California’s governor, once one of the most popular in the country, is fighting for his job. Here’s a look at what happened.

Who Are Gavin Newsom’s Enemies? 1
Jim Wilson/The New York Times

For Democratic officials aiming at higher office, California’s top political jobs have appeared to be the perfect launchpad.

This year, Kamala Harris went from representing the Golden State in the Senate to becoming the vice president. Alex Padilla, California’s secretary of state, was appointed to take Ms. Harris’s old job. And Xavier Becerra left his post as the state’s attorney general to become President Biden’s secretary of health and human services — always a big job, but especially so for an administration focused on confronting the coronavirus pandemic and strengthening the Affordable Care Act.

But there’s one big exception to this trend, and it’s at the very top of the state government. Gov. Gavin Newsom, 53, who less than a year ago appeared to have one of the brightest futures of any Democratic politician in the country, is fighting just to keep his job, amid a largely Republican-led recall effort that has already submitted more than two million signatures.

If roughly 1.5 million of those signatures are found to be valid, the state will move ahead with a vote to recall the governor and replace him. Already, about half a dozen candidates have filed to run in the event of a recall election.

One way to gauge the threat level: Speaker Nancy Pelosi spoke out yesterday in an attempt to pull the Democratic Party together around Mr. Newsom. She told reporters that the recall effort was “an unnecessary notion,” adding, “I don’t think it even rises to the level of an idea.”

But the public has another notion. A poll released this week by the nonpartisan firm Probolsky Research found that California voters were split on whether to recall Mr. Newsom. Forty percent supported recalling him, while 46 percent were opposed. That’s not overwhelming support — but it’s a clear sign that Mr. Newsom is in choppy waters, and would need to work hard to head off a recall if a vote does get scheduled.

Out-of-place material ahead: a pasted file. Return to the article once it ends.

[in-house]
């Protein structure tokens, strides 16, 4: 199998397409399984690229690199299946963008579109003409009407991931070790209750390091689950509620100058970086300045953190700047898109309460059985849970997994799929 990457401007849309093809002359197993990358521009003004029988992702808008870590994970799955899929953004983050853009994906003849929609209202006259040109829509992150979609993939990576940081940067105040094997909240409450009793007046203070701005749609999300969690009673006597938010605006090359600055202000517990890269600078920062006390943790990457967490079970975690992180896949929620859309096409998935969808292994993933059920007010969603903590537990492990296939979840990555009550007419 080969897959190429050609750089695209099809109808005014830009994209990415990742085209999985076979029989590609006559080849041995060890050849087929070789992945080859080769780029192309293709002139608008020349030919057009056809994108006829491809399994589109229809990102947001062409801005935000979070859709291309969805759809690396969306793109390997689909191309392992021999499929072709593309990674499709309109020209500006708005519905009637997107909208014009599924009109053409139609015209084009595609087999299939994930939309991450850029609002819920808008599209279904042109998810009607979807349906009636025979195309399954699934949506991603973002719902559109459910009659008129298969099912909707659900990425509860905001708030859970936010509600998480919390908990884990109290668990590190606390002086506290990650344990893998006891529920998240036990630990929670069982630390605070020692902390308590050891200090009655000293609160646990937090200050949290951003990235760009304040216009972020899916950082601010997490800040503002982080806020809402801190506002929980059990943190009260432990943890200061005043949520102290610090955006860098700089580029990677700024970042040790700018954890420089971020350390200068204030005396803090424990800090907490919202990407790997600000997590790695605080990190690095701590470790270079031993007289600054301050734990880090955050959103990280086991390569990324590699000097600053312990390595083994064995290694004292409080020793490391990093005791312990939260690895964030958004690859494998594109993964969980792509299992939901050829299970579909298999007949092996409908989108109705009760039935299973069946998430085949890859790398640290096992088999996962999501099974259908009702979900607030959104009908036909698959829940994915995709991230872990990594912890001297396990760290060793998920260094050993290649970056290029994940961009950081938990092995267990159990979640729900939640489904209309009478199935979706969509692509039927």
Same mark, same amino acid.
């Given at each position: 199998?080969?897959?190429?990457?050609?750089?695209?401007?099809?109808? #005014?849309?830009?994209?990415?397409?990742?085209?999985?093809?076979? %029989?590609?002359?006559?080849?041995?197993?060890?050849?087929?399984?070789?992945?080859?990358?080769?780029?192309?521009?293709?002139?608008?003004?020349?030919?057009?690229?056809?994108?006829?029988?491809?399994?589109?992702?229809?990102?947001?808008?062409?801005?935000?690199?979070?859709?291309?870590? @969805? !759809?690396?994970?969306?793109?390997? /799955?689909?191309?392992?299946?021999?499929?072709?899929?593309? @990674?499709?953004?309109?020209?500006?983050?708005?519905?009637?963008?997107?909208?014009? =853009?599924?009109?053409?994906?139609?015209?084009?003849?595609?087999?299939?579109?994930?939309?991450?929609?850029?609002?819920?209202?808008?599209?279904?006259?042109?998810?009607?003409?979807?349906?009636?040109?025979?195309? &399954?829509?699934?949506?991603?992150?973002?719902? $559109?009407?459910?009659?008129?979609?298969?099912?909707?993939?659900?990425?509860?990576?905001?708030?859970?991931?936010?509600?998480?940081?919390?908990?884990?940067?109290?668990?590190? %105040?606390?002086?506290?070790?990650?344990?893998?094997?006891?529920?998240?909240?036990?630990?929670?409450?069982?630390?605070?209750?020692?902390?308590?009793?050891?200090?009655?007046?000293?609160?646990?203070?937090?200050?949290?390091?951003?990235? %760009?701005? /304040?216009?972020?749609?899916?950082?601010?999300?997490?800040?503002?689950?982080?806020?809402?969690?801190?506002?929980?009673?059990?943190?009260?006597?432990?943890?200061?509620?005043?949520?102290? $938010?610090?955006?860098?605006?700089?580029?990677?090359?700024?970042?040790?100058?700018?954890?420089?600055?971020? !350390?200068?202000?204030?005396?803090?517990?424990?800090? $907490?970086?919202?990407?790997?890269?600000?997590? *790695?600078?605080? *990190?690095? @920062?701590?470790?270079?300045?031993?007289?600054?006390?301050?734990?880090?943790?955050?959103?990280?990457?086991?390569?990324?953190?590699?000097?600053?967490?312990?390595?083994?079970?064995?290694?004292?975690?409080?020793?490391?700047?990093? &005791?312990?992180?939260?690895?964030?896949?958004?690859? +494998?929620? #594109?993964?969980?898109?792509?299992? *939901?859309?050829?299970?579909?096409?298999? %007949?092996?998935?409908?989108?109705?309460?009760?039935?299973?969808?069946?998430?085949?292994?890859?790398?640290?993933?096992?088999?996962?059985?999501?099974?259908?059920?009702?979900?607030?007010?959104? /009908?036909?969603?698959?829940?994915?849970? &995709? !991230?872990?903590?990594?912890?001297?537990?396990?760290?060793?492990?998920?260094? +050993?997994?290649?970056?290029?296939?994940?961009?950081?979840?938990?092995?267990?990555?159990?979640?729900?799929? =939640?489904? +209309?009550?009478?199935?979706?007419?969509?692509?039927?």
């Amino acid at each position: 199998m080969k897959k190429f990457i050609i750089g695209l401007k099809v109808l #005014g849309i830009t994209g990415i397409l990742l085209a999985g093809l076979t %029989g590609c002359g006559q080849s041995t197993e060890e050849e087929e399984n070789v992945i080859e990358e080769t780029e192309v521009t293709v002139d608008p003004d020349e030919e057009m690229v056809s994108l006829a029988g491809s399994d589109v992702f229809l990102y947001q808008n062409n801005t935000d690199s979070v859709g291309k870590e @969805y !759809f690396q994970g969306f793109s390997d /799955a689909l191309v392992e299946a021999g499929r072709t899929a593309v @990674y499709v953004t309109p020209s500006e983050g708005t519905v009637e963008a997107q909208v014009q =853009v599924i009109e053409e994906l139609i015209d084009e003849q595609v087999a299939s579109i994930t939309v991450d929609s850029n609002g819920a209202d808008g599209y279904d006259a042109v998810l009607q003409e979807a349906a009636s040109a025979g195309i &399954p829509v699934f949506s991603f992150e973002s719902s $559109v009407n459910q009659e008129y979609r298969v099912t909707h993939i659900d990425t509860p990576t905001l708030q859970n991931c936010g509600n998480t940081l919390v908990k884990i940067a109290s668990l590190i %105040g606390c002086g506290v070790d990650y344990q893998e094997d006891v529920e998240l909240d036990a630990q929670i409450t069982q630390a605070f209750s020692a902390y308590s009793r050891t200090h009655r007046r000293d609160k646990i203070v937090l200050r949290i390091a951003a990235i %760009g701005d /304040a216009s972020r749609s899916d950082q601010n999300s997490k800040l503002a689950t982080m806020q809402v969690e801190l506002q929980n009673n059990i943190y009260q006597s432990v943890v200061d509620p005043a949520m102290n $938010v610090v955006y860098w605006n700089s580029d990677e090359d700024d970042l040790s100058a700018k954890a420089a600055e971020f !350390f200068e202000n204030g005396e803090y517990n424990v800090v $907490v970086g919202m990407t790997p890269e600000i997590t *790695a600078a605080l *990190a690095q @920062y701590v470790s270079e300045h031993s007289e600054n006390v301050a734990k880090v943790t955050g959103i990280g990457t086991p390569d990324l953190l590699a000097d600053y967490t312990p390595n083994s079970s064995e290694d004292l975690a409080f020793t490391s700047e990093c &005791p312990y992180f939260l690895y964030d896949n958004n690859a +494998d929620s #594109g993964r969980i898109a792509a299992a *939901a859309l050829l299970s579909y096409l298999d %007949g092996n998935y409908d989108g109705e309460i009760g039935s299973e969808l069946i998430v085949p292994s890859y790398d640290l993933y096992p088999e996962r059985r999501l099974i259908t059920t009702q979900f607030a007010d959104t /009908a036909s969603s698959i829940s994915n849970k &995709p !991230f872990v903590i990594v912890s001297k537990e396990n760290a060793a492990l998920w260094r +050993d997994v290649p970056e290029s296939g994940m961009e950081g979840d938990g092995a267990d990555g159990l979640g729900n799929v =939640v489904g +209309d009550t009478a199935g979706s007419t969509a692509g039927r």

How did Mr. Newsom, who was among the United States’ most popular governors in the early months of the pandemic, wind up here?

He benefited last spring from his proactive response to the pandemic, positioning himself as a foil to President Donald Trump and instituting a complex, regionally specific set of lockdown restrictions aimed at controlling the virus. Some polls at the time showed him receiving positive marks from more than four in five voters in the heavily Democratic state.

But he has been buffeted by frustration over those complex regulations, which have left many Californians confused and restless, and by the grief that came after wildfires ravaged the state this past summer. And for many voters, his personal behavior has reeked of political privilege: In November, he attended a high-priced indoor birthday party for a lobbyist friend, and it was reported that he was sending his children to in-person private school while the state’s public schools remained online-only. As a result, many voters’ frustration tipped over into outrage. By last month, his approval rating had fallen below 50 percent.

There’s still time for a lot to change: If the organizers of the recall effort reach the signature threshold, the vote to recall Mr. Newsom and to choose his successor — both would be done on a single ballot — probably wouldn’t occur until near the end of the year.

That recall effort is being led by Orrin Heatlie, a conservative and a former sergeant in the Yolo County Sheriff’s Department, who as recently as last year shared anti-vaccination and anti-L.G.B.T.Q. views online. But the endeavor has the backing of a number of deep-pocketed political action committees, most of them right-leaning.